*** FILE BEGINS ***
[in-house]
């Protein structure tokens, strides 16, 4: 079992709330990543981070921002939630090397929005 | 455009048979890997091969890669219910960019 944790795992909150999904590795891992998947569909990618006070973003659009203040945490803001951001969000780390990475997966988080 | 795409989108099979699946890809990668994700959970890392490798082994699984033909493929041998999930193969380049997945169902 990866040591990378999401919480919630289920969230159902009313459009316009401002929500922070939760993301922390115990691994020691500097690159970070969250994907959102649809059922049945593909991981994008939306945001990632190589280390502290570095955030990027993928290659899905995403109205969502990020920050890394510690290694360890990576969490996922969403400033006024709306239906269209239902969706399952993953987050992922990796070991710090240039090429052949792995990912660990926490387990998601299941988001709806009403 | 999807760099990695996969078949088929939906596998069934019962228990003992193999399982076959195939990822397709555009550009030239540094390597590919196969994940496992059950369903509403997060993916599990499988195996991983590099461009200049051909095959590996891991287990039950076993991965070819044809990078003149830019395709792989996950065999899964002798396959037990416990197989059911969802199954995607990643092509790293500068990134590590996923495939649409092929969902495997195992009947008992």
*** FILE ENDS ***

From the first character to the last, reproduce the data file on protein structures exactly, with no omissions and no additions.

[in-house]
């Protein structure tokens, strides 16, 4: 079992709330990543981070921002939630090397929005 | 455009048979890997091969890669219910960019 944790795992909150999904590795891992998947569909990618006070973003659009203040945490803001951001969000780390990475997966988080 | 795409989108099979699946890809990668994700959970890392490798082994699984033909493929041998999930193969380049997945169902 990866040591990378999401919480919630289920969230159902009313459009316009401002929500922070939760993301922390115990691994020691500097690159970070969250994907959102649809059922049945593909991981994008939306945001990632190589280390502290570095955030990027993928290659899905995403109205969502990020920050890394510690290694360890990576969490996922969403400033006024709306239906269209239902969706399952993953987050992922990796070991710090240039090429052949792995990912660990926490387990998601299941988001709806009403 | 999807760099990695996969078949088929939906596998069934019962228990003992193999399982076959195939990822397709555009550009030239540094390597590919196969994940496992059950369903509403997060993916599990499988195996991983590099461009200049051909095959590996891991287990039950076993991965070819044809990078003149830019395709792989996950065999899964002798396959037990416990197989059911969802199954995607990643092509790293500068990134590590996923495939649409092929969902495997195992009947008992």